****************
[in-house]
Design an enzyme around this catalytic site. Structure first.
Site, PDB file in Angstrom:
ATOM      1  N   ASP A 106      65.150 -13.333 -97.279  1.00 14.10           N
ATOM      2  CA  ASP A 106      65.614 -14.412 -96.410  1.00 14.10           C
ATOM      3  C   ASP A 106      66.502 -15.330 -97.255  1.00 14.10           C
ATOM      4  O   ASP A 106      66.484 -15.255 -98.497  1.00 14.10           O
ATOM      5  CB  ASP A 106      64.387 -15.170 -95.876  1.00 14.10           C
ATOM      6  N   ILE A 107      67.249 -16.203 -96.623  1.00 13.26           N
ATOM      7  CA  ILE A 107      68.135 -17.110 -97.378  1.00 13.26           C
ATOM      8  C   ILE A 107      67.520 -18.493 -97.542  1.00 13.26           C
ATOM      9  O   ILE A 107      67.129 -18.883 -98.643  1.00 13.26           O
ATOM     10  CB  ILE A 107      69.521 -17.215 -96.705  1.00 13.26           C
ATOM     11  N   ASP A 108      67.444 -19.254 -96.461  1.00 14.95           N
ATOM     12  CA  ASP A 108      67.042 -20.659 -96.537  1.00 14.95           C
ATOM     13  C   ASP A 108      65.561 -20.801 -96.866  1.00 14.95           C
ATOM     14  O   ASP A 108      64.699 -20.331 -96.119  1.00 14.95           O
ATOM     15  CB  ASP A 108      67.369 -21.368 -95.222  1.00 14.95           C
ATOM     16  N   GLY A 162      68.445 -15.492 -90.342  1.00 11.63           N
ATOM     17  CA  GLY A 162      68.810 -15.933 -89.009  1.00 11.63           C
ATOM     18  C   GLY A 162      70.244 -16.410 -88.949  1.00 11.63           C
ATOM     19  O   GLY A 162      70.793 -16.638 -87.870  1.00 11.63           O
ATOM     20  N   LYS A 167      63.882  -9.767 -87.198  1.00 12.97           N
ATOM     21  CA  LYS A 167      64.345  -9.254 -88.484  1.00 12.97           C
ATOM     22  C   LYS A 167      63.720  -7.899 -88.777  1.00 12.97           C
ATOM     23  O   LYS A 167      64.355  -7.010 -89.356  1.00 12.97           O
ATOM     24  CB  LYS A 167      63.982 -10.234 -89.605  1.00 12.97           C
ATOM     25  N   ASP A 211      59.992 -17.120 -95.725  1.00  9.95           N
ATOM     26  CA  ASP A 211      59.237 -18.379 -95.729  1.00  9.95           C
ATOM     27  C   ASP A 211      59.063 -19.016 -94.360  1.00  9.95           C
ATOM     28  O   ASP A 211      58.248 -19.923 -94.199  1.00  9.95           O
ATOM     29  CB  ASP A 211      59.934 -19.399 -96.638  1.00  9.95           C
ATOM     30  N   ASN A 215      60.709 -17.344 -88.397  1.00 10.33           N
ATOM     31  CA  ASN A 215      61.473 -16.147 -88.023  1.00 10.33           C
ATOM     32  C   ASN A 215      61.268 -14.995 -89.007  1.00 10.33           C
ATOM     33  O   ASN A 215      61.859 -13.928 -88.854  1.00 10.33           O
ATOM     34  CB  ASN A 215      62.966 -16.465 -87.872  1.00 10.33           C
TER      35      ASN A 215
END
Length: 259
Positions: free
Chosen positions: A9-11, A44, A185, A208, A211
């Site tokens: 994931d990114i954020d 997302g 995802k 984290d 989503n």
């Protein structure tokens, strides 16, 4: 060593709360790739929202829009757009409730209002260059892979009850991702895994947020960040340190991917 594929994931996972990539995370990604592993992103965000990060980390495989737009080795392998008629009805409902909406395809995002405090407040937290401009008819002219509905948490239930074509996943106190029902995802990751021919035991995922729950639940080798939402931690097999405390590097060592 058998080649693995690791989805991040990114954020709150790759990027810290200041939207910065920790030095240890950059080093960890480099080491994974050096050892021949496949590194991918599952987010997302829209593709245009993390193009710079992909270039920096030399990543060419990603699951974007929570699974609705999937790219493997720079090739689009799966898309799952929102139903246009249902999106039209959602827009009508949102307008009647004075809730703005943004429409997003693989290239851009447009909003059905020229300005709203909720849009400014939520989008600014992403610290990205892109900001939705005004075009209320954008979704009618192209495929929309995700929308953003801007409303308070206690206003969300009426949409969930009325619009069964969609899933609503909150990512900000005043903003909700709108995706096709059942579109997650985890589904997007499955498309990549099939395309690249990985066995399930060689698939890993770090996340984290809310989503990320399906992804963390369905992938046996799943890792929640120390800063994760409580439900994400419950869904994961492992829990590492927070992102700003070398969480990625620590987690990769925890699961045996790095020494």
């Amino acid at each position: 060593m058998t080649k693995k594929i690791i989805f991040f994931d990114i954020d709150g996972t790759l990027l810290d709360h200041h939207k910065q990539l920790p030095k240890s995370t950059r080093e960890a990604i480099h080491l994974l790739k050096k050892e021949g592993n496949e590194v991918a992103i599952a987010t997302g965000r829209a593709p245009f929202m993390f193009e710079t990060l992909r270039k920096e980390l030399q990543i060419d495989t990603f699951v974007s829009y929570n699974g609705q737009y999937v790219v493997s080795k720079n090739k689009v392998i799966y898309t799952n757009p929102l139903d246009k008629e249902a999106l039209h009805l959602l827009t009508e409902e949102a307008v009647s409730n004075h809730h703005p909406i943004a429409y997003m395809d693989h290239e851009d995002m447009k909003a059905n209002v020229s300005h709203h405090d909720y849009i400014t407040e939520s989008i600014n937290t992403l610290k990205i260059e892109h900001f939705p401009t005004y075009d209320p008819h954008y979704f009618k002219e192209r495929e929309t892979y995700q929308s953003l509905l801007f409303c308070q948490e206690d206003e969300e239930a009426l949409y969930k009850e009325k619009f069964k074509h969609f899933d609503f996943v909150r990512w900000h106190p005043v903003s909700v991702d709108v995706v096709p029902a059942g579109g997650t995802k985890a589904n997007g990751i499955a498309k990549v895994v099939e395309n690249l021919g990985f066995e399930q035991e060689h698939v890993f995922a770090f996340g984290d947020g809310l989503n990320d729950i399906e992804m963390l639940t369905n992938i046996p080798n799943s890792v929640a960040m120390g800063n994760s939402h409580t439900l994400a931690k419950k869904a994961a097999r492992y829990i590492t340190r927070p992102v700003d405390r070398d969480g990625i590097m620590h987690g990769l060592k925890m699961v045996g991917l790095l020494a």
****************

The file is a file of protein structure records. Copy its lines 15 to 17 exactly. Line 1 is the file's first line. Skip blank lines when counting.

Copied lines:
ATOM     12  CA  ASP A 108      67.042 -20.659 -96.537  1.00 14.95           C
ATOM     13  C   ASP A 108      65.561 -20.801 -96.866  1.00 14.95           C
ATOM     14  O   ASP A 108      64.699 -20.331 -96.119  1.00 14.95           O